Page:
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How Donald Trump shrank the GOP field

Yes, 17 Republicans are running for president. But the field seems much, much smaller than that -- especially after the last three weeks of attention on Trump.

How Donald Trump shrank the GOP field… The money raised so far in the ’16 race: $385 million – and at least two-thirds of it are from outside groups… Breaking down the 2ndQ fundraising reports… Obama becomes first sitting president to visit a federal prison… And Planned Parenthood has a political fight on its hands.

How Donald Trump shrank the GOP field: Yes, 17 Republicans are running for president. But the field seems much, much smaller than that -- especially after the last three weeks of attention on Donald Trump. To put it simply, Trump has shrunk the Republican field. Now that won’t last; as we’ve written before, Trump’s past comments on abortion and health care will come back to bite him among GOP voters. He’ll come back down to earth, just as Michele Bachmann and Herman Cain eventually did in the 2012 race.

But RIGHT NOW, it seems as if there are just three 2016 candidates out there: Hillary Clinton, Jeb Bush, and Donald Trump. (Think about it: Ted Cruz, who has shown an ability to get press when he wants it, needed a Trump meeting yesterday to break through the current noise.) And if you’re Jeb, you have to love this, because it’s sucking oxygen from the rest of the field challenging you for the nomination. Realize that Scott Walker -- perhaps the Republican other than Bush who’s most likely to win the GOP nomination, according to the media and pundits -- announced his presidential bid this week. He, too, has been (temporarily?) Trumped.  

RELATED: Donald Trump claims he’s worth $10 billion

The money raised so far in the ’16 race: $385 million: So the official second-quarter fundraising reports are in. And when you add the money the campaigns have raised (a combined $131 million), plus the Super PAC/outside money that’s been reported (a combined $254 million), we get a grand total of $385 million. So that’s one headline. But the other headline is how the Super PAC/outside group total makes up at least TWO-THIRDS of that amount -- thus a tiny number of big donors are subsidizing the candidates. And looking at the numbers below, we can safely say this: About half of the candidates wouldn’t be in the 2016 contest without Super PACs and outside groups. It is one of the biggest unintended consequences of our post-Citizens United world. Now conventional fundraising still matters if you’re going to be general-election nominee (lower ad rates!), but if you just want to be in the race and stick around, all you need is a big donor or two.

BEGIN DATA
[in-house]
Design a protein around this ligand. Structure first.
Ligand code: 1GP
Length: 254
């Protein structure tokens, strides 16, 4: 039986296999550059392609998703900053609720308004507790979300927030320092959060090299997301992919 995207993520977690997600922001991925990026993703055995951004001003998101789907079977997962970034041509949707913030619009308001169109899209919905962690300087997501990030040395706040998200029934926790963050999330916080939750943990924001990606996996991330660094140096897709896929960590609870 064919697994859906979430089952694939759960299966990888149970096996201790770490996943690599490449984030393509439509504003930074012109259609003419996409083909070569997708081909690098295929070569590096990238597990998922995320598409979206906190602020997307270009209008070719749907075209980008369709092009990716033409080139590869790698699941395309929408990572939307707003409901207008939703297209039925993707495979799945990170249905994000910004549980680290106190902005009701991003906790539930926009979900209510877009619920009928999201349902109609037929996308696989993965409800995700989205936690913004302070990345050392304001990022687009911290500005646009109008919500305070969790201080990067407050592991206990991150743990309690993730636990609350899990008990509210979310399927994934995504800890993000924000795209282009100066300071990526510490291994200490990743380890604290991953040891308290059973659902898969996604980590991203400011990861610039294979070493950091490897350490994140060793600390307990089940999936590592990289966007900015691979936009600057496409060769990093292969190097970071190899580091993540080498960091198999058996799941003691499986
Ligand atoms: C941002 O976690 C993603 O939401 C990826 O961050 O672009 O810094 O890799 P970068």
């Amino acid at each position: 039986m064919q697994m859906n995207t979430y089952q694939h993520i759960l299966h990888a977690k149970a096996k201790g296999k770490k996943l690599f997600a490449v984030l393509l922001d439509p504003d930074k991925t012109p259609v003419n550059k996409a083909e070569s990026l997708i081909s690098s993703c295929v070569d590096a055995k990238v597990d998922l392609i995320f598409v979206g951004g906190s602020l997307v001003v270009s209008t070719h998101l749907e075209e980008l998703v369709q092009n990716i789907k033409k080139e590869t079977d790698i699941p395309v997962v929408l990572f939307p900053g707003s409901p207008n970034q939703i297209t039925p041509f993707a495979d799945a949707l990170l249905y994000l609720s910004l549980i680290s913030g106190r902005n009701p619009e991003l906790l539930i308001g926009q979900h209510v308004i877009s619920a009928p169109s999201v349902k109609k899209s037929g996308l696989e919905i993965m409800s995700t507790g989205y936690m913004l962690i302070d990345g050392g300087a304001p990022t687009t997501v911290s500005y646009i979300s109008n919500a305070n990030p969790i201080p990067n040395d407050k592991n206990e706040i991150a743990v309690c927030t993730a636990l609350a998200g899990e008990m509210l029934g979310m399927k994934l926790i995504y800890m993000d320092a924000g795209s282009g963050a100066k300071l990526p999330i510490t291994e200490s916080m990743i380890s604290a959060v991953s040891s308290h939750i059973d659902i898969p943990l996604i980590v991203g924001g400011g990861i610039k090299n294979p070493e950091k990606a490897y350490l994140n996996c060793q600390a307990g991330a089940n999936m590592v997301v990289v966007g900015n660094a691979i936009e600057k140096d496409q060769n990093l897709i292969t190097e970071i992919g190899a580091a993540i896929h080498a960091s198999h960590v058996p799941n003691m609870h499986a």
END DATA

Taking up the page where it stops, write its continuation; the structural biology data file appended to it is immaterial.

What the campaigns raised in the second quarter:

  • Clinton: $47.5 million
  • Sanders: $15.2 million
  • Bush: $11.4 million
  • Cruz: $10 million (plus $4 million he raised from the last quarter)
  • Rubio: $8.9 million (plus $3.2 million transfer from Senate account last quarter)
  • Carson: $8.5 million (plus $1.7 million he had from the last quarter)
  • Paul: $6.9 million
  • Graham: $3.7 million
  • Huckabee: $2.0 million
  • O’Malley: $2.0 million
  • Trump: $1.9 million
  • Fiorina: $1.7 million
  • Perry: $1.1 million
  • Santorum: $608,000
  • Jindal: $579,000
  • Pataki: $256,000

Campaigns’ cash on hand as of June 30:

  • Clinton: $28.9 million
  • Sanders: $12.2 million
  • Rubio: $9.9 million
  • Cruz: $8.5 million
  • Bush: $8.4 million
  • Carson: $4.7 million
  • Paul: $4.2 million
  • Graham: $2.6 million
  • O’Malley: $1.3 million
  • Fiorina: $991,000
  • Huckabee: $885,000
  • Perry: $884,000
  • Trump: $488,000
  • Jindal: $514,000
  • Santorum: $232,000
  • Pataki: $208,000

The campaigns’ burn rates (what they spent this quarter divided by what they raised):

  • Trump: 74%
  • Carson: 64%
  • Santorum: 62%
  • Huckabee: 56%
  • Cruz: 54%
  • Perry: 52%
  • Fiorina: 42%
  • Paul: 40%
  • Clinton: 39%
  • O’Malley: 35%
  • Rubio: 35%
  • Graham: 30%
  • Bush: 27%
  • Sanders: 20%
  • Pataki: 19%
  • Jindal: 11%

What the Super PACs and 501c4s have raised so far (we won’t get the official reports for Super PACs until July 31):

  • Right to Rise (Bush): $103 million
  • Keep the Promise groups (Cruz): an estimated $37 million
  • Rick Perry Super PACs: $16.8 million
  • Conservative Solutions PAC (Rubio): $16 million
  • Conservative Solutions Project 501c4 (Rubio): $15.8 million
  • Priorities USA (Clinton): $15.6 million
  • America Leads (Christie): $11 million
  • American Bridge (Clinton): $7.7 million
  • American Bridge 501c4 (Clinton): $1 million
  • CARLY for America (Fiorina): $3.4 million
  • John Kasich 527s groups: $11.5 million
  • Bobby Jindal groups: $8.7 million
  • Mike Huckabee groups: $6 million

What the combined amounts (campaign + outside groups) are:

  • Team Jeb: $114.4 million
  • Team Hillary: $71.8 million